Energy bills forecast to reach £7,700 average from next year in latest expert price cap prediction

Watch ITV News' latest report explaining what the energy cap will mean for UK households

Households' energy bills have been forecast to hit an average £7,600 a year from next year, according to the latest expert analysts' prediction.

The worst outlook predicted yet comes after yesterday's announcement the energy price cap will be hiked by 80%, as the gas and electricity market shows no sign of cooling down.

On Friday, regulator Ofgem announced that the cap would increase from £1,971 to £3,549 for the average household on a typical default tariff, starting from October.

The energy price cap, which is set to nearly double from already record highs at the start of October, could reach more than £5,600 by the start of next year and then rise even further, under the latest estimates.

It comes as Chancellor Nadhim Zahawi acknowledged even middle-earners- on salaries of around £45,000 - will struggle to pay bills, which are expected to hit the most vulnerable in society hardest.

Tory MP Robert Halfon tells ITV News 'there's going to have to be an intervention from the government

Friday's price hike announcement sparked widespread anger, calls for the government to offer more help to struggling households, and a protest outside Ofgem's London headquarters by campaigners vowing to boycott soaring energy bills.

Families could face destitution over the winter if they have to pay 24.37p per kilowatt hour for the gas they burn to keep their homes at a liveable temperature.

The price is currently 7.37p -already higher than ever before.

(PA Graphics) Credit: PA Graphics

In the worst warning yet, energy consultancy Auxilione forecast a £7,700 bill from April 2023 – with gas costing consumers 34.22p per kWh.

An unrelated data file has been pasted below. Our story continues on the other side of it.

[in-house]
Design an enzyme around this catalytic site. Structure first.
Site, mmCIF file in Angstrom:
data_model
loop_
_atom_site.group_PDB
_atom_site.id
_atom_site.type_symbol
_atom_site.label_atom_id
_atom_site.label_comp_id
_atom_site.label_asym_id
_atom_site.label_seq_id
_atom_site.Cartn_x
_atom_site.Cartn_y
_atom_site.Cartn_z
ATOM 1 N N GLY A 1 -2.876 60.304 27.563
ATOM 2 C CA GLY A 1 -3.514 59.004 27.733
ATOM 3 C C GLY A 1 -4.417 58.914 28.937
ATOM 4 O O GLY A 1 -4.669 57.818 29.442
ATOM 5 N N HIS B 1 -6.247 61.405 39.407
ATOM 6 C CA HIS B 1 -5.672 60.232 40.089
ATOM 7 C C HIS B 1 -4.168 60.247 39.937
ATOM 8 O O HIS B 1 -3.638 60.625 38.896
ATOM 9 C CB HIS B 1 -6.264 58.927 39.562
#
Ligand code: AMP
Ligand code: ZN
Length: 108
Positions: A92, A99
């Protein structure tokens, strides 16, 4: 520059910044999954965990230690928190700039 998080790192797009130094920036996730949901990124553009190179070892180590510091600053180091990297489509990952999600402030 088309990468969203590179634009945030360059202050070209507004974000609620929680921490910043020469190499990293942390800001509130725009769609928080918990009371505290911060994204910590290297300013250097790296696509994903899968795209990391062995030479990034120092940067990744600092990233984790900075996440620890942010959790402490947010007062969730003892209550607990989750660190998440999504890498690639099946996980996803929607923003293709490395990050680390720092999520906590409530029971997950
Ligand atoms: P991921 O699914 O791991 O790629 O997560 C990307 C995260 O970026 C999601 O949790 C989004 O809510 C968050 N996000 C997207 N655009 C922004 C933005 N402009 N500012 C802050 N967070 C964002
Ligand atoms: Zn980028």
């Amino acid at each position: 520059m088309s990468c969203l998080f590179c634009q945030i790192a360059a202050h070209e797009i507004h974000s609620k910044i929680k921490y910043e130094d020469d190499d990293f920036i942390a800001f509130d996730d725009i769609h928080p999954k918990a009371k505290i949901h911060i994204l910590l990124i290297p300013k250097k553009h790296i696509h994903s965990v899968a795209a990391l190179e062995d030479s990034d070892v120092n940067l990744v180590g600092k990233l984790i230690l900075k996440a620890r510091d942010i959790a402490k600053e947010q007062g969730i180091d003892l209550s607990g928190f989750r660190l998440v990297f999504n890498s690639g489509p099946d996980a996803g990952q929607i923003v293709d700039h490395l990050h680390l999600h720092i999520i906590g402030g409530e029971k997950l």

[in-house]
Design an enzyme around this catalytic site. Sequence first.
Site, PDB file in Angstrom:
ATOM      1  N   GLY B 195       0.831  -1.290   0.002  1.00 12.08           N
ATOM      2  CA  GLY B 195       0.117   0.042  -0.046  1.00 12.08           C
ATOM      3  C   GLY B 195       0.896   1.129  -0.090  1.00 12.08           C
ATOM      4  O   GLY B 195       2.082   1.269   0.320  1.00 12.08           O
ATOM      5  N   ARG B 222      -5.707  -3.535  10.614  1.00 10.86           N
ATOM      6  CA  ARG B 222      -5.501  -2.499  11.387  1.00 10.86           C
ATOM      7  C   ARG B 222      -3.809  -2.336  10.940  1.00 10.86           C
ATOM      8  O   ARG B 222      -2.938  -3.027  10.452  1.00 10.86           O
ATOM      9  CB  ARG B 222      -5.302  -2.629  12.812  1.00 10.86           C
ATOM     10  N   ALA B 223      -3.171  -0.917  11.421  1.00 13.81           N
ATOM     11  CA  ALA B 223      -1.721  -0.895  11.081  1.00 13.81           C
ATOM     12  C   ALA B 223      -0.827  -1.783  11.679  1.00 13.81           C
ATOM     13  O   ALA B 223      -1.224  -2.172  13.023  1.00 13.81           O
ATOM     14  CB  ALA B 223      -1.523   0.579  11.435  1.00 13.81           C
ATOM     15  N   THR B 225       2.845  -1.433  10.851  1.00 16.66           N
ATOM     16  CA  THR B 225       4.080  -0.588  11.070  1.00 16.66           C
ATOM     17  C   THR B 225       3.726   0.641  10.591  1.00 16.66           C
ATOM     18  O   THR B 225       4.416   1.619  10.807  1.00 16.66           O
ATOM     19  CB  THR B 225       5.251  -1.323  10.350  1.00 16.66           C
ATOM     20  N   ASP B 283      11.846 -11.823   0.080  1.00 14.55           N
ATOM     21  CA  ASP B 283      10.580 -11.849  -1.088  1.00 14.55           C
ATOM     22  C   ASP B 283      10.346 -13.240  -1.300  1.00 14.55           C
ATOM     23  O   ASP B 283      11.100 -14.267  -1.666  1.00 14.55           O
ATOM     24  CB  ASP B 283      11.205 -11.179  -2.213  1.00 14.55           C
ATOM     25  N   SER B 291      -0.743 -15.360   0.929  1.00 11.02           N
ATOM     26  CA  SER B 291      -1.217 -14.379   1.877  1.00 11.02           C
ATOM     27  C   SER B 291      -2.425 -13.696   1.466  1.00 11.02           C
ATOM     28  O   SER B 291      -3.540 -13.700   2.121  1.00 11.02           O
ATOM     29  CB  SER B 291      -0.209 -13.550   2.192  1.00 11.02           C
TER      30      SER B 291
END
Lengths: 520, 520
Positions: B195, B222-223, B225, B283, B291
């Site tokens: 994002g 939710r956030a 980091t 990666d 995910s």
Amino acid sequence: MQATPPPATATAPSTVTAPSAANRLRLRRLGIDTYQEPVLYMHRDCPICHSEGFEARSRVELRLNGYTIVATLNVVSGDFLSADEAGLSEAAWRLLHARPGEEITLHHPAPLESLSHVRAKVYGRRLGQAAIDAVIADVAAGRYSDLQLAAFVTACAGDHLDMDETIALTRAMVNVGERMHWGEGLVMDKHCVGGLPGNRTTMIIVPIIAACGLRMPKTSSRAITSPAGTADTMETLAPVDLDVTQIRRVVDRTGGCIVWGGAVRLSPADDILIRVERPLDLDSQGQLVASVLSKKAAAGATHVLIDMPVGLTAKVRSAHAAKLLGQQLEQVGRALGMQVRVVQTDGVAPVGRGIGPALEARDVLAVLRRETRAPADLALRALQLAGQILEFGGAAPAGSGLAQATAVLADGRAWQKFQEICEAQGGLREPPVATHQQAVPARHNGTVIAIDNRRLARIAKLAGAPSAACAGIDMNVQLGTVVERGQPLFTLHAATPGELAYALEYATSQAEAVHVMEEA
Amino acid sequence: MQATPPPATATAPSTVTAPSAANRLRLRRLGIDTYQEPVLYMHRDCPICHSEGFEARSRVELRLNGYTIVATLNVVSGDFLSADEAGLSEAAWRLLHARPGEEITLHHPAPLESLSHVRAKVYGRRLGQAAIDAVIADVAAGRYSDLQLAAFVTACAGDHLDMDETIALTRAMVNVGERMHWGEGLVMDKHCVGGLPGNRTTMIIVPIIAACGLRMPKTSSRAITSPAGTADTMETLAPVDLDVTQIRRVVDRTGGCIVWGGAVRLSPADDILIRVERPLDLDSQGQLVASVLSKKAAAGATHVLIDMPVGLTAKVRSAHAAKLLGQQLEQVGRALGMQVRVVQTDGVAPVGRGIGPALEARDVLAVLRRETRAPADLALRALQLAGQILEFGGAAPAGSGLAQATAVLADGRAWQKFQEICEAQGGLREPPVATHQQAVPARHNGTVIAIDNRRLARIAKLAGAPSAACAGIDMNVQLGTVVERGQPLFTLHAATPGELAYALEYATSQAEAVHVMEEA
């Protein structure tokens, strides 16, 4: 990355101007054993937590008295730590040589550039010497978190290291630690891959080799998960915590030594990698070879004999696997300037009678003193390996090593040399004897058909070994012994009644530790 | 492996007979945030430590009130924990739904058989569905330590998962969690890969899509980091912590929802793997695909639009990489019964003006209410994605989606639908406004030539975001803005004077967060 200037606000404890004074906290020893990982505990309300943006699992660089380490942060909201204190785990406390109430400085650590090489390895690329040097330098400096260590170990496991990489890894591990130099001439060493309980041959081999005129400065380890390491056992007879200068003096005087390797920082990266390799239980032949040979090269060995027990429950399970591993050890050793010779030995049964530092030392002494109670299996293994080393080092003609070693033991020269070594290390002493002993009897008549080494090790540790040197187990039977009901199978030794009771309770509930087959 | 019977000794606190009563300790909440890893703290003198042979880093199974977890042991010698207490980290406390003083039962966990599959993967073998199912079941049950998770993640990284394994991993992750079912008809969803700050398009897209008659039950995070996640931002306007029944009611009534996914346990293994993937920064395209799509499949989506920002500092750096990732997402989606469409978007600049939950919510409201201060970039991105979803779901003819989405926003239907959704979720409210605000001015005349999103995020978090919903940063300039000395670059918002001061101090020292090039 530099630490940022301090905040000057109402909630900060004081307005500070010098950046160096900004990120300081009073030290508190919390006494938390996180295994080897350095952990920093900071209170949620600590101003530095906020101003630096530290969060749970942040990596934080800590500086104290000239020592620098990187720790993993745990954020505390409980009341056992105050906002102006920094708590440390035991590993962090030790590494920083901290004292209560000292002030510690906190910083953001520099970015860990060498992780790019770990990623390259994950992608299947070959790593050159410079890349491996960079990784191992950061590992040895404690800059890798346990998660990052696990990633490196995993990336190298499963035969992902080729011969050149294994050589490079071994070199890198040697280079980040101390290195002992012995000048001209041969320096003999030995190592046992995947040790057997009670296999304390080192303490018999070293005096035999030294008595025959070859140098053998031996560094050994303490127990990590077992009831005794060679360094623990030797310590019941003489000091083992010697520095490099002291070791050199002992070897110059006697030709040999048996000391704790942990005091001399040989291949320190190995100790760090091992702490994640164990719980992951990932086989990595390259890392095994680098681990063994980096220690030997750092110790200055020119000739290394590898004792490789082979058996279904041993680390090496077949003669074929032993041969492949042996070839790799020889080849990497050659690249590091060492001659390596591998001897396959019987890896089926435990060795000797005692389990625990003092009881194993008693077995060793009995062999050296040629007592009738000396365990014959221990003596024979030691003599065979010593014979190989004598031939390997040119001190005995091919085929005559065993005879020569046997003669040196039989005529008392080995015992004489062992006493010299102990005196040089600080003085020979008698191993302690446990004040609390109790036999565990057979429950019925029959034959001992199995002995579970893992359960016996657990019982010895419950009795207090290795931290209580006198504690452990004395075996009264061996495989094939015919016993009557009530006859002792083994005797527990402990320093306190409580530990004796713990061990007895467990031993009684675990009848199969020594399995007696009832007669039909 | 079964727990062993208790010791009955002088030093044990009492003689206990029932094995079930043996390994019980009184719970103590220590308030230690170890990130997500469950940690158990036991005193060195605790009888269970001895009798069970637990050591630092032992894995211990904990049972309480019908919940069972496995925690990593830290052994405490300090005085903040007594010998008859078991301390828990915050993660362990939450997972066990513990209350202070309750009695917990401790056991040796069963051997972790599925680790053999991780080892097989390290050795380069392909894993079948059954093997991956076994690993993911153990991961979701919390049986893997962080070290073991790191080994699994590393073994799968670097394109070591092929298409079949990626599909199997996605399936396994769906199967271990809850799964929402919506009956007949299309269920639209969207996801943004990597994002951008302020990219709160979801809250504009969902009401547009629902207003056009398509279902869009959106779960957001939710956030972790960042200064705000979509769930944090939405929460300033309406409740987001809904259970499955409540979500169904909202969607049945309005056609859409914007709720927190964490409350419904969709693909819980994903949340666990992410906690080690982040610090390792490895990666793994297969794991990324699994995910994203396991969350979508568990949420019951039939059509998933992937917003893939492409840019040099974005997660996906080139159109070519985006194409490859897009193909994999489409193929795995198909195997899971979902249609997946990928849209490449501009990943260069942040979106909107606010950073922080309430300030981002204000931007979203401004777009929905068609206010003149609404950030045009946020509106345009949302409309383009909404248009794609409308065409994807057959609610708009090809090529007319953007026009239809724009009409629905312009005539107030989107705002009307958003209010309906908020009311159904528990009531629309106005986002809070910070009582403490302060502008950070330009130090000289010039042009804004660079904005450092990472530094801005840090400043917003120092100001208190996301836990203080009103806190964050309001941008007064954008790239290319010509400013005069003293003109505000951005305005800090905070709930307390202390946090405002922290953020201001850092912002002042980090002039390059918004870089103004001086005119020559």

The forecast is an increase of £438 since Auxilione’s prediction on Friday morning, and up nearly £900 in just two days.

Gas prices are continuing to soar on international markets, along with the price of electricity.

Ofgem recently announced it would review the price cap every three months instead of twice annually, sparking fears of consecutive bills hikes.

Ofgem can set the price cap to go up or down, during its quarterly reviews- meaning bills thresholds can be set higher or lower every three months.

Almost all of the changes in the price cap are to allow suppliers to recoup the costs that they will have buying gas and electricity wholesale from the companies that produce it.

Gas prices are decisive for electricity prices, because over the last year 42% of the UK’s electricity was generated by burning gas.

The cap is the maximum price that households on their supplier’s default tariff would have to pay for every unit of gas and electricity they used for the next three months.

It is calculated based on the wholesale price of gas and electricity and also includes allowances for tax, charges paid to the energy networks, green levies and social payments.

An average household is considered to be one that uses 12,000 kWh of gas and 2,900 kWh of electricity in a year.

(PA Graphics) Credit: PA Graphics

Gas prices were set at 14.92p per kWh from October, and electricity will cost 51.52p per kWh.

By April, the experts at Auxilione now expect electricity to cost 117.5p per kWh.

The price cap was previously changed twice a year, but Ofgem is now allowed to review it every three months with changes expected in January, April, July and October 2023.

UK gas prices were trading at around £6.40 per therm on Friday, around 13 times their levels before the Russian invasion of Ukraine.

Want a quick and expert briefing on the biggest news stories? Listen to our latest podcasts to find out What You Need To know... 

Tory MP Robert Halfon, who is supporting Rishi Sunak in the Tory leadership race, told ITV News on Saturday: "Unless you're a millionaire, most people are going to struggle with their energy bills.

"My own view is the priority must be for both those people who are most vulnerable, and those who are just about managing."

He continued: "Whatever happens, there's going to have to be a large scale intervention from the government."